This is a best prospect overview of industry sectors for this country.
Franchising has proven a successful mode of business in South Africa. Since the 1960’s, franchising has grown steadily. According to the latest survey by the Franchise Association of South Africa (2019/2020), the number of franchise systems has dropped from 865 to 811, with 47 923 stores in the country (2019), of which 91 percent are franchisee owned.with an estimated number of 500 000 people employed in the sector.
Most franchises are found in Gauteng Province, the capital hub of South Africa, followed by Kwa-Zulu Natal and the Western Cape. Around 39 percent of local franchise brands have operations outside of South Africa, mostly in neighboring countries like Botswana, Lesotho, eSwatini, Namibia, and Mauritius, and 13 percent have a reach beyond Africa, including Middle East, , the U.S., and UK.
2018: Total Turnover - R721 billion 15.7 of total SA GDP 45 000 stores
2019: Total Turnover - R734 billion. 13.3 of total SA GDP 47 923 stores
The following categories dominate the franchise landscape:
- Fast-food and Restaurant: 26 percent
- Retail and Direct Marketing: 18 percent
- Building, Office, and Home Service: 10 percent
- Childcare, Education, and training, B2B services, Automotive Products Services: 8 percent
- Health, Beauty, and Body Culture: 6 percent
- Leisure and Entertainment, Construction, Personal Services, Electronics/Mobiles/Telecoms: <5 percent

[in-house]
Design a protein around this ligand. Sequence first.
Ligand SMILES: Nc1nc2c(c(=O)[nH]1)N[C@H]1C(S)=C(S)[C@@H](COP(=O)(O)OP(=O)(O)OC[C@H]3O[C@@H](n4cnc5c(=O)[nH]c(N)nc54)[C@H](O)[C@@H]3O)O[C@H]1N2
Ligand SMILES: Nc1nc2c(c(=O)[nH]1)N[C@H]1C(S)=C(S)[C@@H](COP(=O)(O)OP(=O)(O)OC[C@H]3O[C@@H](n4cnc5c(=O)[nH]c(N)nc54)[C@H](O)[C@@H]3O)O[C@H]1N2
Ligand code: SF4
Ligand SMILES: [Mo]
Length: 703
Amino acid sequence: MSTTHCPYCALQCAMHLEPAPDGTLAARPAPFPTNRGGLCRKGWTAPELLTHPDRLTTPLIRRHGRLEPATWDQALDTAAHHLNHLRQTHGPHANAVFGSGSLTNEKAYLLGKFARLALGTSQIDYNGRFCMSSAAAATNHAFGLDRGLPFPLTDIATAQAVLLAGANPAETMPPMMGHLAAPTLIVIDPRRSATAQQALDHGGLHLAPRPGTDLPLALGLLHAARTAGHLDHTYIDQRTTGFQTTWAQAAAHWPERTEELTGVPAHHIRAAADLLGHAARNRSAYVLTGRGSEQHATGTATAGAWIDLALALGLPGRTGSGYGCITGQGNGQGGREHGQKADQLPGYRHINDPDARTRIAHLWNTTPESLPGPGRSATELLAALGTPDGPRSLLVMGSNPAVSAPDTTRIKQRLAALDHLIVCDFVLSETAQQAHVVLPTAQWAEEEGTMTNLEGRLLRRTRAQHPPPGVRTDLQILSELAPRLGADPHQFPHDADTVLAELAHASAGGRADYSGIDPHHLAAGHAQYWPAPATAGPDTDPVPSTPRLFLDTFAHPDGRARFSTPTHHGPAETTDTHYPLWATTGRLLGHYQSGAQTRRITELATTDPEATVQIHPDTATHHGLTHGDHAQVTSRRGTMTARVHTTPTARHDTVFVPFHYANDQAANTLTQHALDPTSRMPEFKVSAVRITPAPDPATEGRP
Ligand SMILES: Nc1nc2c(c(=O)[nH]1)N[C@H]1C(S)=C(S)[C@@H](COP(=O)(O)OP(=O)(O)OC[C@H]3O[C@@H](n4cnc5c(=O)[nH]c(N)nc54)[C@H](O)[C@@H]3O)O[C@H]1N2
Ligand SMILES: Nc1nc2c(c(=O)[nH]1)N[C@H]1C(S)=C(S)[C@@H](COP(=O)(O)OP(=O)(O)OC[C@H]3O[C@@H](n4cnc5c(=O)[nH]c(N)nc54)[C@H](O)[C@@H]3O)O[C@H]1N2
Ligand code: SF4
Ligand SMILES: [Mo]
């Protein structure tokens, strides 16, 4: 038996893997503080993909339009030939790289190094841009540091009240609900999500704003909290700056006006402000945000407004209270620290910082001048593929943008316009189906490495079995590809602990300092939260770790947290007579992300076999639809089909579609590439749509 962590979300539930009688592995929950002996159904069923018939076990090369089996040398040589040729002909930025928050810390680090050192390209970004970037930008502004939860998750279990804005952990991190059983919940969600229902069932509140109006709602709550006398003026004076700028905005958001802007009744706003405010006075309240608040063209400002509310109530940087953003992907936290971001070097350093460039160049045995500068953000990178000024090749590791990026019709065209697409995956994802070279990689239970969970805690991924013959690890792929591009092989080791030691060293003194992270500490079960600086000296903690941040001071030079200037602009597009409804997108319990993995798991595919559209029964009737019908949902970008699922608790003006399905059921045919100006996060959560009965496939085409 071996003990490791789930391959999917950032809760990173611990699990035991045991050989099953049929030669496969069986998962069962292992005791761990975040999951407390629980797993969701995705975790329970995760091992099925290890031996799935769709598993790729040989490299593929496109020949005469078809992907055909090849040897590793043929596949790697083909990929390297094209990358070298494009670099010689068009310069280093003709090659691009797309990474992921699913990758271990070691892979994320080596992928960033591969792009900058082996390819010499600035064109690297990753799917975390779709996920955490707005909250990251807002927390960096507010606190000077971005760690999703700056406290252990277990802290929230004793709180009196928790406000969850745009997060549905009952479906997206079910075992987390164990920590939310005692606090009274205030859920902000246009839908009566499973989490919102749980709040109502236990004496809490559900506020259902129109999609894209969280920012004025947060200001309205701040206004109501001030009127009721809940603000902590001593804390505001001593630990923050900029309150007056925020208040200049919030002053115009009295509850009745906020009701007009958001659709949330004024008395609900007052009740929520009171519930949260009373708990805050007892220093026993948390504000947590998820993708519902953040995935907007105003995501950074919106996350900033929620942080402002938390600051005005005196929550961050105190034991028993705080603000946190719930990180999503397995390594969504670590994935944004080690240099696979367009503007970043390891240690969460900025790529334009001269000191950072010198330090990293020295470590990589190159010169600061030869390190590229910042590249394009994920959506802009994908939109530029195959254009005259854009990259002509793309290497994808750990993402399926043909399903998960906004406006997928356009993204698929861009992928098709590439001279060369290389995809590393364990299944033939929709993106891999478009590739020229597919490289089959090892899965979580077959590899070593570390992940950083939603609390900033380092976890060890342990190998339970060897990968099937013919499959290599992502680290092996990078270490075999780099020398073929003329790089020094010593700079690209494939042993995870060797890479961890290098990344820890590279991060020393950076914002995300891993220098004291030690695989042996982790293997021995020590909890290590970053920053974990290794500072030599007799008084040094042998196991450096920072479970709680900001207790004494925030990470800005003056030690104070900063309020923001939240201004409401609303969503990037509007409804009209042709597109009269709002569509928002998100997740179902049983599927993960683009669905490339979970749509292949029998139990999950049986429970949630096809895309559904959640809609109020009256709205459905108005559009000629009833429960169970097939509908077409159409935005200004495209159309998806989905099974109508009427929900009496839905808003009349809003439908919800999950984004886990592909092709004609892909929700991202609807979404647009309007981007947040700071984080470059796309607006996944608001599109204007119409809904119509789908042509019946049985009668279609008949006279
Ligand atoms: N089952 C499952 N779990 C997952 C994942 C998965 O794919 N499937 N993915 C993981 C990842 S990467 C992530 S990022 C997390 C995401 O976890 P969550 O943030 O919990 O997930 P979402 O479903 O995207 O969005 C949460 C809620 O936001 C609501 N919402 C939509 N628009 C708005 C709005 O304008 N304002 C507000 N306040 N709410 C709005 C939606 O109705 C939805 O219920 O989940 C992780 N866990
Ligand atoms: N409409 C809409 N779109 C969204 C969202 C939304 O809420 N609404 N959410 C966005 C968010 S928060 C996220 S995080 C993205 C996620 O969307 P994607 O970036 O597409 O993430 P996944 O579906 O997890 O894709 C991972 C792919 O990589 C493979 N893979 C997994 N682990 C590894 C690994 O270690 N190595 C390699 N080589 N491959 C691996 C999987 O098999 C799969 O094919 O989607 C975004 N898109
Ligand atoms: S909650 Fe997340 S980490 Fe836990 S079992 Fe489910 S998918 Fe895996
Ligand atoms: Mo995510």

Most franchises in South Africa are local in origin. Approximately 27 percent are international, which includes a significant number of U.S. brands, such as Krispy Kreme, Burger King, McDonalds, Signarama, Pizza Hut, and Starbucks.
Market impediments to obtaining U.S. concept are difficulty in financing the high start-up costs, as all the fees are dollar denominated. The ability to source locally is an important factor in reducing in-put costs. The pool of qualified franchise candidates is small and difficult to find. Franchisors often cite the difficulty of finding the right franchisee and right location for their concepts, as well as the complexity of the market (highly fragmented). An indication of the current economic recession is that it now takes longer for franchisees to break even.
For more information, the U.S. Commercial Service South Africa can be contacted via email: Felicity.Nagel@trade.gov
Phone: +27 11 290 3332
Franchise Association of South Africa (FASA)